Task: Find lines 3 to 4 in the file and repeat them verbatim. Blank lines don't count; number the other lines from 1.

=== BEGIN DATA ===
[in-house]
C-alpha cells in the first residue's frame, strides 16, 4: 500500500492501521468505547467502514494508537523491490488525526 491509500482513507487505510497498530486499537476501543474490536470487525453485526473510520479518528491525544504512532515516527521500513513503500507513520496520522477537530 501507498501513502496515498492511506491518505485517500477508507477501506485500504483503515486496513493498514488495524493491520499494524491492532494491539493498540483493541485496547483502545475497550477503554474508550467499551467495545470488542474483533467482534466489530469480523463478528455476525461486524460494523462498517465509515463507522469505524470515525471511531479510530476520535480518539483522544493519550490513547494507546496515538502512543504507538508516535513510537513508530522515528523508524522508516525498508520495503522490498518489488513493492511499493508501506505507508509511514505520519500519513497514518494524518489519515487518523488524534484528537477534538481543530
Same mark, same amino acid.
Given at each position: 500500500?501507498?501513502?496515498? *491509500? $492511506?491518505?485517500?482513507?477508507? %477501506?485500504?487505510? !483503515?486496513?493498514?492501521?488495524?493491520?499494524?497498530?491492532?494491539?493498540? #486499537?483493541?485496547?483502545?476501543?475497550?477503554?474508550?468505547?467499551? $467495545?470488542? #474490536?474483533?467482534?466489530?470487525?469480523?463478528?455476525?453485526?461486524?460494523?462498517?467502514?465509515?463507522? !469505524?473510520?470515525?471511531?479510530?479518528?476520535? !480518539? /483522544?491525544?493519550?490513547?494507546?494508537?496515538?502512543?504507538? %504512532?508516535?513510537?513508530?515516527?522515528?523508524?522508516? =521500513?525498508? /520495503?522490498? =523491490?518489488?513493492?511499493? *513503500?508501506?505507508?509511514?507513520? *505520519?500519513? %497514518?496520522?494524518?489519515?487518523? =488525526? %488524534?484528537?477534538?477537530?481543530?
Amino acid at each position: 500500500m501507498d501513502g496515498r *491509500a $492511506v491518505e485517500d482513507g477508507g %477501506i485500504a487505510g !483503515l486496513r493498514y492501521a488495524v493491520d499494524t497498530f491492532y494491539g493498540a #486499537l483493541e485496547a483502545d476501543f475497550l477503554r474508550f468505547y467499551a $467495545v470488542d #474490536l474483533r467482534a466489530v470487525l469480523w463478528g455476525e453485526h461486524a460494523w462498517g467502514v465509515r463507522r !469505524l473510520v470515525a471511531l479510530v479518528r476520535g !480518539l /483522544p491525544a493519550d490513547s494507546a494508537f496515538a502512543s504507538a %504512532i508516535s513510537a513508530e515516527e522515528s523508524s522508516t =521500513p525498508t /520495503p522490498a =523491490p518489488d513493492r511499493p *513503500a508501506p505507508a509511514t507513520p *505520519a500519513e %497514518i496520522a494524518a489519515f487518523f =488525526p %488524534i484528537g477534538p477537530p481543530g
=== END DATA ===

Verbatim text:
Same mark, same amino acid.
Given at each position: 500500500?501507498?501513502?496515498? *491509500? $492511506?491518505?485517500?482513507?477508507? %477501506?485500504?487505510? !483503515?486496513?493498514?492501521?488495524?493491520?499494524?497498530?491492532?494491539?493498540? #486499537?483493541?485496547?483502545?476501543?475497550?477503554?474508550?468505547?467499551? $467495545?470488542? #474490536?474483533?467482534?466489530?470487525?469480523?463478528?455476525?453485526?461486524?460494523?462498517?467502514?465509515?463507522? !469505524?473510520?470515525?471511531?479510530?479518528?476520535? !480518539? /483522544?491525544?493519550?490513547?494507546?494508537?496515538?502512543?504507538? %504512532?508516535?513510537?513508530?515516527?522515528?523508524?522508516? =521500513?525498508? /520495503?522490498? =523491490?518489488?513493492?511499493? *513503500?508501506?505507508?509511514?507513520? *505520519?500519513? %497514518?496520522?494524518?489519515?487518523? =488525526? %488524534?484528537?477534538?477537530?481543530?